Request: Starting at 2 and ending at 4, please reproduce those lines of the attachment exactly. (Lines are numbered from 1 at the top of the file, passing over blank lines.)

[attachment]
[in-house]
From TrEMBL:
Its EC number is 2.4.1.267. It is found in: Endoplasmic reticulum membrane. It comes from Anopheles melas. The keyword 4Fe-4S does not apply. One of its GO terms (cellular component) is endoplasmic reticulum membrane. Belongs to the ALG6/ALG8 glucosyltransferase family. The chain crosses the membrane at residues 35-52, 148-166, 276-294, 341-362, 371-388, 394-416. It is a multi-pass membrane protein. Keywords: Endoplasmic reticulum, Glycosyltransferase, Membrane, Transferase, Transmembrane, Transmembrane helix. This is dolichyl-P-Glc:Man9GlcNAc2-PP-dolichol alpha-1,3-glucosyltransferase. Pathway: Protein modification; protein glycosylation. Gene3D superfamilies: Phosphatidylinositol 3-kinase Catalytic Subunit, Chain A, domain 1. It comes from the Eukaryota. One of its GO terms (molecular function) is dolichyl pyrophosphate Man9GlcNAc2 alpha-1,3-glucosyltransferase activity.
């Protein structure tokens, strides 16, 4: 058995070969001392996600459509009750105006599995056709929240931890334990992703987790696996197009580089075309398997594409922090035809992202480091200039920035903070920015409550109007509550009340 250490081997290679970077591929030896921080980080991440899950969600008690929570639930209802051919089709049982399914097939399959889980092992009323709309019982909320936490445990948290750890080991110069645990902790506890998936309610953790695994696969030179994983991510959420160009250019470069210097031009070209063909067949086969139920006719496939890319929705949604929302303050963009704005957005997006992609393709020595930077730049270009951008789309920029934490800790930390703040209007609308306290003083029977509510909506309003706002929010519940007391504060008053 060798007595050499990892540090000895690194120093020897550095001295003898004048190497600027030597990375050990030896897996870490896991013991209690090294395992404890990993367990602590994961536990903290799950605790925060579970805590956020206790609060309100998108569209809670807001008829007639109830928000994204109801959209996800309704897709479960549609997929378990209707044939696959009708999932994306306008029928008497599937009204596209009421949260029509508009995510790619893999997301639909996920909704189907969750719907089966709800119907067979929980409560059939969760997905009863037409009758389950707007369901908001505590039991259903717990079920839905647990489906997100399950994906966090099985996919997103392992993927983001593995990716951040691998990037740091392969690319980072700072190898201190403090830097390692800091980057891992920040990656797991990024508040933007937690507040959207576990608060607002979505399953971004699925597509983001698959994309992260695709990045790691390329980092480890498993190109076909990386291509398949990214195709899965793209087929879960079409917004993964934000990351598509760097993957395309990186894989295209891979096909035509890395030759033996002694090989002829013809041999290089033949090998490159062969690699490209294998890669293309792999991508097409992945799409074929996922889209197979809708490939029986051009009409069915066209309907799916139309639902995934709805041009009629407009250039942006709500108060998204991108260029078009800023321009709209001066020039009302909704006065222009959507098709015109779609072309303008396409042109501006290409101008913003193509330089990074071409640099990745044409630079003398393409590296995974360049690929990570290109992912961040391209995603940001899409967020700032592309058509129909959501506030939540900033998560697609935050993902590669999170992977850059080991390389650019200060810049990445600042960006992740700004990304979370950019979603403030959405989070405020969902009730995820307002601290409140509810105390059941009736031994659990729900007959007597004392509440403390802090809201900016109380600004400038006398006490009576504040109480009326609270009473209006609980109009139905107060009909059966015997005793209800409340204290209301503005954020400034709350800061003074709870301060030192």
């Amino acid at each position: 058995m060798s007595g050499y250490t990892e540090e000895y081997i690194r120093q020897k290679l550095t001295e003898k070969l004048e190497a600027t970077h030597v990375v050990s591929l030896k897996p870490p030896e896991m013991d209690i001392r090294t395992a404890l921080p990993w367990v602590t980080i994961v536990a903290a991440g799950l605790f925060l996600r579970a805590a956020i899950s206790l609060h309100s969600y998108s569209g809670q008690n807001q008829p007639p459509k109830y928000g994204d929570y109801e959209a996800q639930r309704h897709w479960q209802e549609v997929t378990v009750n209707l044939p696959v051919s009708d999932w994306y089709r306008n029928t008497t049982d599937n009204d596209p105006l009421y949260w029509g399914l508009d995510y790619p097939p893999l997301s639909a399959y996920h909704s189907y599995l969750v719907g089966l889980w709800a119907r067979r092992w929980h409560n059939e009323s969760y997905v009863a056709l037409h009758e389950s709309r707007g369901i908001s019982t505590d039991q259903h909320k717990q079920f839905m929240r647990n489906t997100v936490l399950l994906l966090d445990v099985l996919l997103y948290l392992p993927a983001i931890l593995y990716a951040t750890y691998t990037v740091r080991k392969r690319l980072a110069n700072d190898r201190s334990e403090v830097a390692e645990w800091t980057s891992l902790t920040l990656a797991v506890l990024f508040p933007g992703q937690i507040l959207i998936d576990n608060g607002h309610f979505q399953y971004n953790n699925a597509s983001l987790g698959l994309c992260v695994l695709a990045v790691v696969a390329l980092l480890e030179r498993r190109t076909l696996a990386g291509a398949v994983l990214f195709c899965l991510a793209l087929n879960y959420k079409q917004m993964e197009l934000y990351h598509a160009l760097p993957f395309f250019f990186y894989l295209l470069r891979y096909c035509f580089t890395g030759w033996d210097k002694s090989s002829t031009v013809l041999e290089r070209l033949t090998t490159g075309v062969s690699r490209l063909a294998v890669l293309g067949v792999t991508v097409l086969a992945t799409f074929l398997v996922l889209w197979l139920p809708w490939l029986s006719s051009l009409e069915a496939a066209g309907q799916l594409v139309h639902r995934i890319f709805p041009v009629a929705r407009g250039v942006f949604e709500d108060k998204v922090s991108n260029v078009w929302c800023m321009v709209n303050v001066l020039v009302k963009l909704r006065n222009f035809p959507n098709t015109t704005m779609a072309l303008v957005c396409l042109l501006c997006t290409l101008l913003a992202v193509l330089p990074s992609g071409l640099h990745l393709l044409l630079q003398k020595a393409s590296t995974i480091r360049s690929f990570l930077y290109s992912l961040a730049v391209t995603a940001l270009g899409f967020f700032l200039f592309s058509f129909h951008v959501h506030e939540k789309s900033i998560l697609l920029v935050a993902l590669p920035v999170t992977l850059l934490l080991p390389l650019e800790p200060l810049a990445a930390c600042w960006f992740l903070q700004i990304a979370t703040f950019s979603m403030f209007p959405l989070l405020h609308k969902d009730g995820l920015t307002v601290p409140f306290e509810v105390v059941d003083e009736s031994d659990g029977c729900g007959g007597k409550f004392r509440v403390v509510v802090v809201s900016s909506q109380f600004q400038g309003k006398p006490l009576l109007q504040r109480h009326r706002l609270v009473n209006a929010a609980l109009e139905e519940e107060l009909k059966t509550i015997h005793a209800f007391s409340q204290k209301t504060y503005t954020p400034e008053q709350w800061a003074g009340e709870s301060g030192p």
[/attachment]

From TrEMBL:
Its EC number is 2.4.1.267. It is found in: Endoplasmic reticulum membrane. It comes from Anopheles melas. The keyword 4Fe-4S does not apply. One of its GO terms (cellular component) is endoplasmic reticulum membrane. Belongs to the ALG6/ALG8 glucosyltransferase family. The chain crosses the membrane at residues 35-52, 148-166, 276-294, 341-362, 371-388, 394-416. It is a multi-pass membrane protein. Keywords: Endoplasmic reticulum, Glycosyltransferase, Membrane, Transferase, Transmembrane, Transmembrane helix. This is dolichyl-P-Glc:Man9GlcNAc2-PP-dolichol alpha-1,3-glucosyltransferase. Pathway: Protein modification; protein glycosylation. Gene3D superfamilies: Phosphatidylinositol 3-kinase Catalytic Subunit, Chain A, domain 1. It comes from the Eukaryota. One of its GO terms (molecular function) is dolichyl pyrophosphate Man9GlcNAc2 alpha-1,3-glucosyltransferase activity.
């Protein structure tokens, strides 16, 4: 058995070969001392996600459509009750105006599995056709929240931890334990992703987790696996197009580089075309398997594409922090035809992202480091200039920035903070920015409550109007509550009340 250490081997290679970077591929030896921080980080991440899950969600008690929570639930209802051919089709049982399914097939399959889980092992009323709309019982909320936490445990948290750890080991110069645990902790506890998936309610953790695994696969030179994983991510959420160009250019470069210097031009070209063909067949086969139920006719496939890319929705949604929302303050963009704005957005997006992609393709020595930077730049270009951008789309920029934490800790930390703040209007609308306290003083029977509510909506309003706002929010519940007391504060008053 060798007595050499990892540090000895690194120093020897550095001295003898004048190497600027030597990375050990030896897996870490896991013991209690090294395992404890990993367990602590994961536990903290799950605790925060579970805590956020206790609060309100998108569209809670807001008829007639109830928000994204109801959209996800309704897709479960549609997929378990209707044939696959009708999932994306306008029928008497599937009204596209009421949260029509508009995510790619893999997301639909996920909704189907969750719907089966709800119907067979929980409560059939969760997905009863037409009758389950707007369901908001505590039991259903717990079920839905647990489906997100399950994906966090099985996919997103392992993927983001593995990716951040691998990037740091392969690319980072700072190898201190403090830097390692800091980057891992920040990656797991990024508040933007937690507040959207576990608060607002979505399953971004699925597509983001698959994309992260695709990045790691390329980092480890498993190109076909990386291509398949990214195709899965793209087929879960079409917004993964934000990351598509760097993957395309990186894989295209891979096909035509890395030759033996002694090989002829013809041999290089033949090998490159062969690699490209294998890669293309792999991508097409992945799409074929996922889209197979809708490939029986051009009409069915066209309907799916139309639902995934709805041009009629407009250039942006709500108060998204991108260029078009800023321009709209001066020039009302909704006065222009959507098709015109779609072309303008396409042109501006290409101008913003193509330089990074071409640099990745044409630079003398393409590296995974360049690929990570290109992912961040391209995603940001899409967020700032592309058509129909959501506030939540900033998560697609935050993902590669999170992977850059080991390389650019200060810049990445600042960006992740700004990304979370950019979603403030959405989070405020969902009730995820307002601290409140509810105390059941009736031994659990729900007959007597004392509440403390802090809201900016109380600004400038006398006490009576504040109480009326609270009473209006609980109009139905107060009909059966015997005793209800409340204290209301503005954020400034709350800061003074709870301060030192």